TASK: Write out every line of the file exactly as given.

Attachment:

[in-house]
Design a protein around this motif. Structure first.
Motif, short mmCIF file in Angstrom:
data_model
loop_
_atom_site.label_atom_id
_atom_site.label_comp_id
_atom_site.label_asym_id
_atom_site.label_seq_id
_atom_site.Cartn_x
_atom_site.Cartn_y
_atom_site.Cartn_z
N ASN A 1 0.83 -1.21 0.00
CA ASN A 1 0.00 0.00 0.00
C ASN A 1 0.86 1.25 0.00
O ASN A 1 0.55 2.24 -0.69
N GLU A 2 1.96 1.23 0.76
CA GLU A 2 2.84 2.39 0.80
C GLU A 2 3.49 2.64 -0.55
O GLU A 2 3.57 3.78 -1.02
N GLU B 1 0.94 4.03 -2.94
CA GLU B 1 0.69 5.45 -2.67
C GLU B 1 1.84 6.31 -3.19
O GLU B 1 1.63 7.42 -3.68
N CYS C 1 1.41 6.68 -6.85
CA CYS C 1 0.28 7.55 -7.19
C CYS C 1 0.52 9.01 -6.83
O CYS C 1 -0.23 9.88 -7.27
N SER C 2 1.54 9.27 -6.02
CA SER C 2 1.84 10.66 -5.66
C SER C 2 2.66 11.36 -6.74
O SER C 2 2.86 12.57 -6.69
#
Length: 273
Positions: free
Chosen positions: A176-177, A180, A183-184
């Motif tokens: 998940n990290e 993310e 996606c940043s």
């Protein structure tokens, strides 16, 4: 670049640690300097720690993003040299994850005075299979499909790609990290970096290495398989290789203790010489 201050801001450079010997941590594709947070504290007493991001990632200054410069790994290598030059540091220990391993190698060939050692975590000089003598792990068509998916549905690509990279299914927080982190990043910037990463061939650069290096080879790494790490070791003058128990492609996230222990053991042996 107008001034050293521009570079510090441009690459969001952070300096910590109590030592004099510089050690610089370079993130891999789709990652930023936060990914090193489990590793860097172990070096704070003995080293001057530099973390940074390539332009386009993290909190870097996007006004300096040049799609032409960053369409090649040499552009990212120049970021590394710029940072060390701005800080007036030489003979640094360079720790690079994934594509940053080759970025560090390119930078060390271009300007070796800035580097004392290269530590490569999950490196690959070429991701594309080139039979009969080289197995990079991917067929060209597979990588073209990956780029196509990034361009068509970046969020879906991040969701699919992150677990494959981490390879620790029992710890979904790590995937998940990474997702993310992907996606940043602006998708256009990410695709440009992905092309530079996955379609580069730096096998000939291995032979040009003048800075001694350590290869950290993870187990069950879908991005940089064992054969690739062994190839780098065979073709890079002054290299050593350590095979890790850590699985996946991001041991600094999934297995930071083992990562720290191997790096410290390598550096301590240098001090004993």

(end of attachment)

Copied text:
[in-house]
Design a protein around this motif. Structure first.
Motif, short mmCIF file in Angstrom:
data_model
loop_
_atom_site.label_atom_id
_atom_site.label_comp_id
_atom_site.label_asym_id
_atom_site.label_seq_id
_atom_site.Cartn_x
_atom_site.Cartn_y
_atom_site.Cartn_z
N ASN A 1 0.83 -1.21 0.00
CA ASN A 1 0.00 0.00 0.00
C ASN A 1 0.86 1.25 0.00
O ASN A 1 0.55 2.24 -0.69
N GLU A 2 1.96 1.23 0.76
CA GLU A 2 2.84 2.39 0.80
C GLU A 2 3.49 2.64 -0.55
O GLU A 2 3.57 3.78 -1.02
N GLU B 1 0.94 4.03 -2.94
CA GLU B 1 0.69 5.45 -2.67
C GLU B 1 1.84 6.31 -3.19
O GLU B 1 1.63 7.42 -3.68
N CYS C 1 1.41 6.68 -6.85
CA CYS C 1 0.28 7.55 -7.19
C CYS C 1 0.52 9.01 -6.83
O CYS C 1 -0.23 9.88 -7.27
N SER C 2 1.54 9.27 -6.02
CA SER C 2 1.84 10.66 -5.66
C SER C 2 2.66 11.36 -6.74
O SER C 2 2.86 12.57 -6.69
#
Length: 273
Positions: free
Chosen positions: A176-177, A180, A183-184
């Motif tokens: 998940n990290e 993310e 996606c940043s």
């Protein structure tokens, strides 16, 4: 670049640690300097720690993003040299994850005075299979499909790609990290970096290495398989290789203790010489 201050801001450079010997941590594709947070504290007493991001990632200054410069790994290598030059540091220990391993190698060939050692975590000089003598792990068509998916549905690509990279299914927080982190990043910037990463061939650069290096080879790494790490070791003058128990492609996230222990053991042996 107008001034050293521009570079510090441009690459969001952070300096910590109590030592004099510089050690610089370079993130891999789709990652930023936060990914090193489990590793860097172990070096704070003995080293001057530099973390940074390539332009386009993290909190870097996007006004300096040049799609032409960053369409090649040499552009990212120049970021590394710029940072060390701005800080007036030489003979640094360079720790690079994934594509940053080759970025560090390119930078060390271009300007070796800035580097004392290269530590490569999950490196690959070429991701594309080139039979009969080289197995990079991917067929060209597979990588073209990956780029196509990034361009068509970046969020879906991040969701699919992150677990494959981490390879620790029992710890979904790590995937998940990474997702993310992907996606940043602006998708256009990410695709440009992905092309530079996955379609580069730096096998000939291995032979040009003048800075001694350590290869950290993870187990069950879908991005940089064992054969690739062994190839780098065979073709890079002054290299050593350590095979890790850590699985996946991001041991600094999934297995930071083992990562720290191997790096410290390598550096301590240098001090004993």